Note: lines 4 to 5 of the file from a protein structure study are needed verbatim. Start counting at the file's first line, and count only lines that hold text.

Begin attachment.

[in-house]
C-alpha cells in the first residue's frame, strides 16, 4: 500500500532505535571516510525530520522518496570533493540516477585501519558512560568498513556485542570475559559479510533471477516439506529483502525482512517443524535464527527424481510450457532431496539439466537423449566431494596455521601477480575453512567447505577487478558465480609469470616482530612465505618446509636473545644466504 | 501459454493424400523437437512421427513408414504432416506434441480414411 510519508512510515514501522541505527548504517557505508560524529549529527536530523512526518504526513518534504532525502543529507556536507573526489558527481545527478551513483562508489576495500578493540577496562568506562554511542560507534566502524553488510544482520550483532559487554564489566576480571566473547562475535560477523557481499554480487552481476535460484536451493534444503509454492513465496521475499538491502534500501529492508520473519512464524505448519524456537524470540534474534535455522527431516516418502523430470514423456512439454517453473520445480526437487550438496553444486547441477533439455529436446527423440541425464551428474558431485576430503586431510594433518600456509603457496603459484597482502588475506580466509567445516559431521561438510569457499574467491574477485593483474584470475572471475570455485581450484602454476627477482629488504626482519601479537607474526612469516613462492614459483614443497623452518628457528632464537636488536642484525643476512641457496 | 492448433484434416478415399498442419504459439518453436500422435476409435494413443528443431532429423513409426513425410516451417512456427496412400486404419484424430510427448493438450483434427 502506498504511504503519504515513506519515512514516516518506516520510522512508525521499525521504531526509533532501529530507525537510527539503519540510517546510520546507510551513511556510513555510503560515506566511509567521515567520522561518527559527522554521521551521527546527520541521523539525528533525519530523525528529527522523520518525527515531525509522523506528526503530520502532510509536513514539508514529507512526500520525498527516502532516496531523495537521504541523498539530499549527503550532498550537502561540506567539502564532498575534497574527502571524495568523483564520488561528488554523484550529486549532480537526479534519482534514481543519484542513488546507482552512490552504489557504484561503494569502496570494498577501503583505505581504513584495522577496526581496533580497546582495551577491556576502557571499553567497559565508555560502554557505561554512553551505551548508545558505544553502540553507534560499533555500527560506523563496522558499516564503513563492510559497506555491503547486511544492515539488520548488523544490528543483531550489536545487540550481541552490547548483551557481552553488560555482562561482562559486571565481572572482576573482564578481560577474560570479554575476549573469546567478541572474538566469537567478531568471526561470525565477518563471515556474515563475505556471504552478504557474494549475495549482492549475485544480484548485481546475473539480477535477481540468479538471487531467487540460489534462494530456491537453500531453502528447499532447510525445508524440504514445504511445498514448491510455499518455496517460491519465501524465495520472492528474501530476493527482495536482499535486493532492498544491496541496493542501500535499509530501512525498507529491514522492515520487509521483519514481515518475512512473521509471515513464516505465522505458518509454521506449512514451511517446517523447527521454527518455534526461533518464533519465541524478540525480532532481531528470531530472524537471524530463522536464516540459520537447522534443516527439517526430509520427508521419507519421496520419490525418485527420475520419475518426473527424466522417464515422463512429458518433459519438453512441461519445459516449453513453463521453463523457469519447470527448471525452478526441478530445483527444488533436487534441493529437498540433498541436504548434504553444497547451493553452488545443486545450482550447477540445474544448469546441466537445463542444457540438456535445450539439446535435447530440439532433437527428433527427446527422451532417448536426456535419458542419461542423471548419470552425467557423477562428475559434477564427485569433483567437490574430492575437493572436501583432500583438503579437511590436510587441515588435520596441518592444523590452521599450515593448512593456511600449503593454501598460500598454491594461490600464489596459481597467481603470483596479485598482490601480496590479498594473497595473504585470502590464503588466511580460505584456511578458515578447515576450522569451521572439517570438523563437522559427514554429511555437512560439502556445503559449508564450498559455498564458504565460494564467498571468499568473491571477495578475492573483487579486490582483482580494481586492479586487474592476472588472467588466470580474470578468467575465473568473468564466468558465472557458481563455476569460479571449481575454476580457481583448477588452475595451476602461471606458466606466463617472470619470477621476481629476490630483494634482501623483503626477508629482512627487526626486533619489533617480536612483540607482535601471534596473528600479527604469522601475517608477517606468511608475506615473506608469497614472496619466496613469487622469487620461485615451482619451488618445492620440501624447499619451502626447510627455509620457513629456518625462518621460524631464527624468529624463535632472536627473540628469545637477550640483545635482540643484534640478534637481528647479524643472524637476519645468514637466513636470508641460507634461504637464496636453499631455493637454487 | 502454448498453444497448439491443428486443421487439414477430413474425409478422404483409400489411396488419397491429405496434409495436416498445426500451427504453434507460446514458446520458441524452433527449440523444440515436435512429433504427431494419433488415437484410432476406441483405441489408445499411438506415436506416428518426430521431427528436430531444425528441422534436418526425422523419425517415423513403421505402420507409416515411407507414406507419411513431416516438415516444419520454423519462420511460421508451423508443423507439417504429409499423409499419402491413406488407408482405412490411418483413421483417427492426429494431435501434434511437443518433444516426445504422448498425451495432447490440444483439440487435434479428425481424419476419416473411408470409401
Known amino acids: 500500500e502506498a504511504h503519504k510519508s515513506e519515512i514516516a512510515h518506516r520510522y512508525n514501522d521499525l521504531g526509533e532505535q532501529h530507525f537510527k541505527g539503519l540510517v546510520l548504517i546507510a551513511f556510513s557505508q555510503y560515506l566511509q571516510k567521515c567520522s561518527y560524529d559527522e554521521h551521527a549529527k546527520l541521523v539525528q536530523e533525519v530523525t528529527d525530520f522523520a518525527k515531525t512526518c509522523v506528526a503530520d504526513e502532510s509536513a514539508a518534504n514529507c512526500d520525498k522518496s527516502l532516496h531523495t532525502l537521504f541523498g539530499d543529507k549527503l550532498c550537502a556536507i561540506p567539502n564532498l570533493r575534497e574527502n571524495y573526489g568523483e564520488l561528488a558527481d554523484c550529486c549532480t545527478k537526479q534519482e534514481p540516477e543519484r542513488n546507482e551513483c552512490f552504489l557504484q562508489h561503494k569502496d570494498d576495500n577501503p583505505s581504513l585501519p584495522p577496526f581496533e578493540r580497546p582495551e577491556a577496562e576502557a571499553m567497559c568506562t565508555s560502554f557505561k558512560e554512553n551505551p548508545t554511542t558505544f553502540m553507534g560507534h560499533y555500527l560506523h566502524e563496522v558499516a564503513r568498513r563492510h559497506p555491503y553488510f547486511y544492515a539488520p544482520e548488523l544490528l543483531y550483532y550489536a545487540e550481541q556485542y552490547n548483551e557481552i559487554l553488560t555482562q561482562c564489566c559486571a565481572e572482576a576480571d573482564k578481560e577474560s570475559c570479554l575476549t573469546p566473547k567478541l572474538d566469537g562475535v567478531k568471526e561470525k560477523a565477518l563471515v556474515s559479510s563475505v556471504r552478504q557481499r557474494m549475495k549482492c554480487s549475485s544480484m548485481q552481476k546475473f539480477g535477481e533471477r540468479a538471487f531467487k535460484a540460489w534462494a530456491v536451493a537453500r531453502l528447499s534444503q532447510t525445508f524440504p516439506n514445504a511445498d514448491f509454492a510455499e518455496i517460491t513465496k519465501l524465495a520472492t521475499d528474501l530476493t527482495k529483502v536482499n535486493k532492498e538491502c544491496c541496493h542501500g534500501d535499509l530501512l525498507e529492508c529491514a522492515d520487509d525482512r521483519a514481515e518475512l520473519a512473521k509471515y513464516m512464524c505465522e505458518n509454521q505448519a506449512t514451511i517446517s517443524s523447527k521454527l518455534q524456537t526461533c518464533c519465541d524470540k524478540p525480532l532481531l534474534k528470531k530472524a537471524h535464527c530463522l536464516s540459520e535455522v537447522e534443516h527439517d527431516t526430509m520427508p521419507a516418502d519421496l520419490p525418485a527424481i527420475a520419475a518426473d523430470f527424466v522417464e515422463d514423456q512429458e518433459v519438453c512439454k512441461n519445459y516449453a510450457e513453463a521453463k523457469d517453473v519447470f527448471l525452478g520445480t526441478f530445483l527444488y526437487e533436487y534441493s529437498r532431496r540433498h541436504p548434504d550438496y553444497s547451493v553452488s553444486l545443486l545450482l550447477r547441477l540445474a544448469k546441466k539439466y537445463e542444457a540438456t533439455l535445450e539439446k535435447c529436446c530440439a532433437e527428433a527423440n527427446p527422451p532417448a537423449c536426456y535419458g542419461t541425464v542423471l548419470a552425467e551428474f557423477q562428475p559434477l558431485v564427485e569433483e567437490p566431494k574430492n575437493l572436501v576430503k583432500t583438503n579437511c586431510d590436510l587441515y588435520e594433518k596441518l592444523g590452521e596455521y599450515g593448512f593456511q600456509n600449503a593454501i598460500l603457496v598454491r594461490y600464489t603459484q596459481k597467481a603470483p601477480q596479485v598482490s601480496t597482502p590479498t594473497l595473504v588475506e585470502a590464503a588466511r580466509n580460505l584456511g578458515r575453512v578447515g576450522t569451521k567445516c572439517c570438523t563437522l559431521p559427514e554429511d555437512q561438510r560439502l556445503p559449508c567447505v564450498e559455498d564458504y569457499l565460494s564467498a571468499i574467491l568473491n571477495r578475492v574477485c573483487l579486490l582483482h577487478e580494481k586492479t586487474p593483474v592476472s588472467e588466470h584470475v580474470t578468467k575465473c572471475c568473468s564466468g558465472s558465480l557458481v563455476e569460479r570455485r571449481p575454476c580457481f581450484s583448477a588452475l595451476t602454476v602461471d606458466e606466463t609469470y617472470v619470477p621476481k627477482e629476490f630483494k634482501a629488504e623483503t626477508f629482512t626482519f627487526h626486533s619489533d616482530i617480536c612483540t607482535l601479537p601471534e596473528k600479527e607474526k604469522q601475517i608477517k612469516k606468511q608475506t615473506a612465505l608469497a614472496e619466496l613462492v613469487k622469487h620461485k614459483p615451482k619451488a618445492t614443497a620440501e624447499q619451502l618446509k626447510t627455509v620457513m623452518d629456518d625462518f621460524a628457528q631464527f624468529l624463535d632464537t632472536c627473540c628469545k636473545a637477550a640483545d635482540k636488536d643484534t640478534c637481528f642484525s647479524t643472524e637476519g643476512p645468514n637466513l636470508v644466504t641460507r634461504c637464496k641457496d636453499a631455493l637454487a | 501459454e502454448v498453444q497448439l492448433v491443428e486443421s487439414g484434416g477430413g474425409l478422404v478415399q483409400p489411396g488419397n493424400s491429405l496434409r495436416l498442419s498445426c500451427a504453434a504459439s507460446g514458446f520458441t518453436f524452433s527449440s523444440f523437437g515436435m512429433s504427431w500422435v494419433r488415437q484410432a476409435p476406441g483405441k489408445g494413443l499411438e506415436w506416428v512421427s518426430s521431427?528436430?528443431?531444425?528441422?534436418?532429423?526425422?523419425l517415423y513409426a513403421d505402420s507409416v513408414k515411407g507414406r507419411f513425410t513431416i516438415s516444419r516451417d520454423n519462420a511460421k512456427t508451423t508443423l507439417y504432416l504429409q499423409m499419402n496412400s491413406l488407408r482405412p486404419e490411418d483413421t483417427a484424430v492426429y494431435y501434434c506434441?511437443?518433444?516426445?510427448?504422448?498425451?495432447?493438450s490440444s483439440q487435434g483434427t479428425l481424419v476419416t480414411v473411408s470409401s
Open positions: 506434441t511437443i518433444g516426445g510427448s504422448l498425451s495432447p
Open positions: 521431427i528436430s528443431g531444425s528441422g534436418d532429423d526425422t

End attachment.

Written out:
Open positions: 506434441t511437443i518433444g516426445g510427448s504422448l498425451s495432447p
Open positions: 521431427i528436430s528443431g531444425s528441422g534436418d532429423d526425422t